“Welcome,” said the sky.

Spots of brightness appeared behind my closed eyelids. I opened them slowly, feeling my lashes peel apart as though they had been coated in glue. They did not open far; I immediately squinted against a wall of blurred brightness.

It was white.

It was sand.

I opened my eyes fully, ignoring the stabbing sensation behind each eye socket as I took in the view – at least all of it that I could see from my position, lying slightly on my side and mostly on my front, one arm thrown up over my head.

I became vaguely aware of movement, of something washing in and out of my peripheral vision. I turned my head towards it and waited for my eyes to focus.

How odd. How very odd, I thought.

I don’t remember being at the beach, I thought.

And how very, very odd, that I should have imagined the sky speaking to me.

“Welcome,” the sky said again.

I flipped over onto my back, bracing against the softness beneath.

There was a mouth.

It stretched from over side of my vision to the other, one horizon to another, hanging unsupported in the broad blue of sky. Its lips were unpleasantly smooth and pink. It opened to speak, and a deep glistening darkness filled the void.

“We are so pleased that you could join us,” said the mouth.

It smiled politely, and the sky was full of teeth. They were evenly matched, evenly spaced, and evenly and uniformly sparkling white.

I pushed my hands down into the sand at my sides, my fingers reaching out as though they expected to encounter something familiar and reassuring. This did not occur, so I used the pressure to push myself into a sitting position.

I kept my face tilted upwards, towards the still smiling mouth. I don’t think I could have looked away.

“Hello,” I said, or tried to say, suddenly aware of how dry my throat was.

The mouth – well it, was a mouth, so it couldn’t look, obviously, but – it looked at me.

“What’s –” I coughed. “What’s happening? Please?”

The words scratched across my tonsils and came out as a whisper. I wondered if I had somehow swallowed some of the sand.

The sky, if it were possible, beamed even wider. As it stretched, I could see some faint discolouration at the far ends, the corners. Flickering on and off, in square shapes. Pixelation.

“You have elected to take part in the Perspective Project,” the sky informed me.

“The what?”

“The Perspective Project,” the mouth repeated in a practised and courteous tone, “is a guaranteed contributor to overall, lifelong happiness. So much of modern life is about getting, and keeping, that we often forget to appreciate what we already have, and are reduced to reminding ourselves that other people have it worse. The age-old admonition that children should eat their vegetables because other children are starving somewhere, for example.”

I was familiar with this, but I could not remember where I’d heard it before. I could not recall anyone ever saying it to me. But I couldn’t recall anyone ever saying anything. Nor could I remember vegetables, now that I thought of it. I remembered what they were, but I could not remember eating them.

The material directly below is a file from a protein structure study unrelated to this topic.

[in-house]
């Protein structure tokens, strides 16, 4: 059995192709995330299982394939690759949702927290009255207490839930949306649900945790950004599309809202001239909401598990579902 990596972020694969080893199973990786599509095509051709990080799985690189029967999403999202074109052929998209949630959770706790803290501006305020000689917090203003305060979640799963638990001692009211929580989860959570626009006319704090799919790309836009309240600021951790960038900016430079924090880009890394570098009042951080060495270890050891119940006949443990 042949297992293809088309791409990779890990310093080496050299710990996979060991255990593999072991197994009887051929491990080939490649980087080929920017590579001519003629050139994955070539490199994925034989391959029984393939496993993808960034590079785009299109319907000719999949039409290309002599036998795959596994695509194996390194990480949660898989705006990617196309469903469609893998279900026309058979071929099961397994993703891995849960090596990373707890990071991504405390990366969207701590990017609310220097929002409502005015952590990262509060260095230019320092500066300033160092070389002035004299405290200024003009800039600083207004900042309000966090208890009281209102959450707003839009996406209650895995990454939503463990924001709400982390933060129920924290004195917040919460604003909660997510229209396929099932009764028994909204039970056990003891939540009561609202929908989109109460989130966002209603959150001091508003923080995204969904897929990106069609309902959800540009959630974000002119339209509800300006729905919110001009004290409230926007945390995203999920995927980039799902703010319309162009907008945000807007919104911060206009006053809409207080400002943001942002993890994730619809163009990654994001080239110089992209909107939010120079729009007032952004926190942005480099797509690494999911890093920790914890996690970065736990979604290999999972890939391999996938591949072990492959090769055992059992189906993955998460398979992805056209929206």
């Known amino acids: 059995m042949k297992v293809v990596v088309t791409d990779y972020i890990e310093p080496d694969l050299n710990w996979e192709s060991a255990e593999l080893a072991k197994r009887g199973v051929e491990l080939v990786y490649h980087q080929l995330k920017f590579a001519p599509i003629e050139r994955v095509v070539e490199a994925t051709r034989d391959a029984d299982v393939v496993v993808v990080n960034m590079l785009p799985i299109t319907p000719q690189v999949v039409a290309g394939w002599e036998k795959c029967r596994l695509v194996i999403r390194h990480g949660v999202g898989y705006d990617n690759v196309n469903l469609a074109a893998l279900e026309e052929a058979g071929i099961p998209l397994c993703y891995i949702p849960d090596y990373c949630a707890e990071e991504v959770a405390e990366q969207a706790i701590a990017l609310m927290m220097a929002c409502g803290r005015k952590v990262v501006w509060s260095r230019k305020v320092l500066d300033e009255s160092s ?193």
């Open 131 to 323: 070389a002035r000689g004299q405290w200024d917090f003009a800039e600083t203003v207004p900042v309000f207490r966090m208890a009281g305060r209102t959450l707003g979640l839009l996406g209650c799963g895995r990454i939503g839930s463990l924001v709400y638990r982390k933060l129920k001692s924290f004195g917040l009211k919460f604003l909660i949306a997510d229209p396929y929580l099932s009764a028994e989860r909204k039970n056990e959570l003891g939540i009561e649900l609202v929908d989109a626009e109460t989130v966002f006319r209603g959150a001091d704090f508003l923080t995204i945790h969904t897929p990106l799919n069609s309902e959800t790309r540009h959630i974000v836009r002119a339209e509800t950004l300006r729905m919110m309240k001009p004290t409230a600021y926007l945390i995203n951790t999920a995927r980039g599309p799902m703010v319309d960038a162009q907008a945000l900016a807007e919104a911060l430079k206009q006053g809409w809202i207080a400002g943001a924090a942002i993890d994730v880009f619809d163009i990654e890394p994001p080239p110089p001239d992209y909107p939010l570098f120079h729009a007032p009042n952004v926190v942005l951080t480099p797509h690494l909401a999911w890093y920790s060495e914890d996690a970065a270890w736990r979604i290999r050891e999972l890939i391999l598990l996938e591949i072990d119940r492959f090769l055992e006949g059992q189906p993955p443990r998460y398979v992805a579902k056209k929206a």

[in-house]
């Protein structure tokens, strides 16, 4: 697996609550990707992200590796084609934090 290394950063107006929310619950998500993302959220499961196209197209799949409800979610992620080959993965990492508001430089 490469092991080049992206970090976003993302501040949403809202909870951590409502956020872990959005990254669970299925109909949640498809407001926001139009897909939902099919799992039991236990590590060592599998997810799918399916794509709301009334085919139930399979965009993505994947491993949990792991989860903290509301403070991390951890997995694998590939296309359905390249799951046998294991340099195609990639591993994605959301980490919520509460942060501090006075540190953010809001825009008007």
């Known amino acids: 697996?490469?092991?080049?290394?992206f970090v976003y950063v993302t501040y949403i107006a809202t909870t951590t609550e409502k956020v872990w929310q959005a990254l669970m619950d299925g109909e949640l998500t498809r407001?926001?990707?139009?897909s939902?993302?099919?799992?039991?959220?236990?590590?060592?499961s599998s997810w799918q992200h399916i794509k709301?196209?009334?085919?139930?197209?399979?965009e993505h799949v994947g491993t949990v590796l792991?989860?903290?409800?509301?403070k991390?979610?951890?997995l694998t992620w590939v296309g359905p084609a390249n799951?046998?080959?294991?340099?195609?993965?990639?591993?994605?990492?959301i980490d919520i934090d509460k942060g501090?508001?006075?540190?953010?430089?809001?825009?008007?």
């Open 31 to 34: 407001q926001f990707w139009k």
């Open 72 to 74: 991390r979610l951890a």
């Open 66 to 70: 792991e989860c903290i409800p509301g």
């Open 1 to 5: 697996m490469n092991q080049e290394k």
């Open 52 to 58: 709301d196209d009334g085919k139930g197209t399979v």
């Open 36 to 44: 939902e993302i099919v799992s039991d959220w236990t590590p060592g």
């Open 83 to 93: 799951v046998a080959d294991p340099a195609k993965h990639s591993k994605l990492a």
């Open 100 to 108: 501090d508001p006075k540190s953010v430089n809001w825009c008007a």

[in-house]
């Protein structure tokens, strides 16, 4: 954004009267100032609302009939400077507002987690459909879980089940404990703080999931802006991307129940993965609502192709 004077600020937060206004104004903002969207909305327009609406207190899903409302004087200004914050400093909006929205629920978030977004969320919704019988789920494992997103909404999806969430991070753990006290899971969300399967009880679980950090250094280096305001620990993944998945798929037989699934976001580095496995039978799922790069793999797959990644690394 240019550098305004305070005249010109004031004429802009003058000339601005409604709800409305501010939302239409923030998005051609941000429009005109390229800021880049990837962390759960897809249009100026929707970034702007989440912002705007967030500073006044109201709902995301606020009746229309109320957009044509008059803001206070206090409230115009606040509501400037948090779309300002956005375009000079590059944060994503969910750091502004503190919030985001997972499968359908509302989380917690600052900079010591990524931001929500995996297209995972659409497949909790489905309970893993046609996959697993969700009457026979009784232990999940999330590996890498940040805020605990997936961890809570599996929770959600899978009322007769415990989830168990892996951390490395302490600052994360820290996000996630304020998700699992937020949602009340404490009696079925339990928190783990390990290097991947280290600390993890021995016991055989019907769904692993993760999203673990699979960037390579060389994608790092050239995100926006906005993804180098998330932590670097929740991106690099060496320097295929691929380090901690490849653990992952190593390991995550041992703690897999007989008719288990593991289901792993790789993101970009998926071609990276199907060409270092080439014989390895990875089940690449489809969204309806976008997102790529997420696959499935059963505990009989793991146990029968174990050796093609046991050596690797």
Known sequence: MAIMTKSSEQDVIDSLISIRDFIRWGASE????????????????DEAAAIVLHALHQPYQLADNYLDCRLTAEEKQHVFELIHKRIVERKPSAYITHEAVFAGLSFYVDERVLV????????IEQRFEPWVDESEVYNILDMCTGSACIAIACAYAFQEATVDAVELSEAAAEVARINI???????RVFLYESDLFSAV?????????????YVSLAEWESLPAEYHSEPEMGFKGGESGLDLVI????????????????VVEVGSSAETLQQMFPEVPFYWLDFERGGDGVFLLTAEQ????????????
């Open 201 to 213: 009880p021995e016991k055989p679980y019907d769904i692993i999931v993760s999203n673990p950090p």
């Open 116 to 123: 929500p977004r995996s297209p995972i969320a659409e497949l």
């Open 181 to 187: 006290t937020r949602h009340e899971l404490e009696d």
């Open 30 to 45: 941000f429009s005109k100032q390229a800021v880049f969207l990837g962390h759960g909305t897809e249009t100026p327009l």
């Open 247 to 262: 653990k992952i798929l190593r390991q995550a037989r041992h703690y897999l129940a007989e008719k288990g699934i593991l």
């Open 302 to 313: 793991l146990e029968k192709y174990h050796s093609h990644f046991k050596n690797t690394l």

“Those people would appreciate what we have, we decide,” continued the sky. “The things we own, and accomplish, which leave us so unfulfilled – we decide that if only we had been more unfortunate to begin with, we would benefit properly from them.”

Memories flickered briefly, brightly, from beneath a heavy mist. Hard, shiny surfaces, gleaming with promise. A smooth softness, my hand reaching toward it. Lights, and colours, smells and tastes, and the sense of being drawn towards them as though by a current.

The sky interrupted, and the memories submerged themselves once more.

“But all that does is guilt us into sending our hard-earned money to those that we use as reminders. That’s no good, is it?”

The tone turned patronising.

“We don’t want less money, do we? No, we want to enjoy what we have. And if the way to do that is to be put in an unfortunate circumstance beforehand, well, then –”

The smile froze for a moment, before flickering back into motion, pixels jarring as it did so.

“ – in an unfortunate situation we must be.”


There was a pause.

“I – ” I said. “Um.”

Despite its promising start, I wasn’t sure where the sentence was going, so I didn’t finish it. Instead, I turned my head slowly towards where I’d seen the sea, earlier. There is was. And, as I looked in the opposite direction, there it was again. And in front, and behind.

The island could not have been more than two hundred meters square; most of it was sand, with a little darkened area of scrubbiness toward the middle. The flat, uncaring sea lay on every side.

“You see what unfortunate circumstances you find yourself in, participant.”

Can’t you use my name, I was about to ask, before realising that I couldn’t remember what it was myself. Instead, I asked,

“Did I sign up for this? I don’t – ”

“You don’t remember. Well, participant, of course, that’s a perfectly normal part of the experience. Vital, in fact. All those poor people that remind us to eat our vegetables didn’t ask to be starving. Otherwise, why would we feel sorry for them?”

My head hurt. My eyes felt as though the light was burning through them, burrowing back into my skull, and my neck was stiff from craning it to look upwards. I was beginning to be thirsty.

The sky seemed to be waiting for an answer.

“I guess?” I offered weakly.

It beamed at me, pixels jostling to rearrange themselves. I wondered if I was imagining the faint humming noise that seemed to thrum through the air as it spoke.

“You’re going to be so grateful by the time this is over, participant,” the sky assured me.

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